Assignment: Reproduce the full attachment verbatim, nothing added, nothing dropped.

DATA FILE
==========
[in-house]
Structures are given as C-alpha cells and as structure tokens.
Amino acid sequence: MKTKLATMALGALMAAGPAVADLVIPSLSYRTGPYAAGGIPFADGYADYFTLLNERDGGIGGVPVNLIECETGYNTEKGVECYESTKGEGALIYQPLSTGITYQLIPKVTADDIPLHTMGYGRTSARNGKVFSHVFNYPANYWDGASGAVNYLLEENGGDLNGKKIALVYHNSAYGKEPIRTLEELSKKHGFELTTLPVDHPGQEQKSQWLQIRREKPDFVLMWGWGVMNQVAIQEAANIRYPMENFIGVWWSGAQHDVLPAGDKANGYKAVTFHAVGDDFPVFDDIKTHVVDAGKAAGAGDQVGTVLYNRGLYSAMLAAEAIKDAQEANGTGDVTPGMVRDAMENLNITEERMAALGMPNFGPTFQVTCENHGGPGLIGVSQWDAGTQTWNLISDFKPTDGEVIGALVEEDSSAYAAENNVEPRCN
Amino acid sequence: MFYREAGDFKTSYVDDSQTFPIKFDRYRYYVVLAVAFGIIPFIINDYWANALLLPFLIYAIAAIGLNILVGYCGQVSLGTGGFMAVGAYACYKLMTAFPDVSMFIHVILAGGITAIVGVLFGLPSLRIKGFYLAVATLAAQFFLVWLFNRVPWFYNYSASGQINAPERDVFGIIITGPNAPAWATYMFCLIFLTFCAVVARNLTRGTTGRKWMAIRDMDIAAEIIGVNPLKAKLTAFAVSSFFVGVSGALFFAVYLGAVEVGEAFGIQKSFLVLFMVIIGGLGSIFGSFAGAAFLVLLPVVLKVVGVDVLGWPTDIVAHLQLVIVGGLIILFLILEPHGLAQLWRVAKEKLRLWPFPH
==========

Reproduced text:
[in-house]
Structures are given as C-alpha cells and as structure tokens.
Amino acid sequence: MKTKLATMALGALMAAGPAVADLVIPSLSYRTGPYAAGGIPFADGYADYFTLLNERDGGIGGVPVNLIECETGYNTEKGVECYESTKGEGALIYQPLSTGITYQLIPKVTADDIPLHTMGYGRTSARNGKVFSHVFNYPANYWDGASGAVNYLLEENGGDLNGKKIALVYHNSAYGKEPIRTLEELSKKHGFELTTLPVDHPGQEQKSQWLQIRREKPDFVLMWGWGVMNQVAIQEAANIRYPMENFIGVWWSGAQHDVLPAGDKANGYKAVTFHAVGDDFPVFDDIKTHVVDAGKAAGAGDQVGTVLYNRGLYSAMLAAEAIKDAQEANGTGDVTPGMVRDAMENLNITEERMAALGMPNFGPTFQVTCENHGGPGLIGVSQWDAGTQTWNLISDFKPTDGEVIGALVEEDSSAYAAENNVEPRCN
Amino acid sequence: MFYREAGDFKTSYVDDSQTFPIKFDRYRYYVVLAVAFGIIPFIINDYWANALLLPFLIYAIAAIGLNILVGYCGQVSLGTGGFMAVGAYACYKLMTAFPDVSMFIHVILAGGITAIVGVLFGLPSLRIKGFYLAVATLAAQFFLVWLFNRVPWFYNYSASGQINAPERDVFGIIITGPNAPAWATYMFCLIFLTFCAVVARNLTRGTTGRKWMAIRDMDIAAEIIGVNPLKAKLTAFAVSSFFVGVSGALFFAVYLGAVEVGEAFGIQKSFLVLFMVIIGGLGSIFGSFAGAAFLVLLPVVLKVVGVDVLGWPTDIVAHLQLVIVGGLIILFLILEPHGLAQLWRVAKEKLRLWPFPH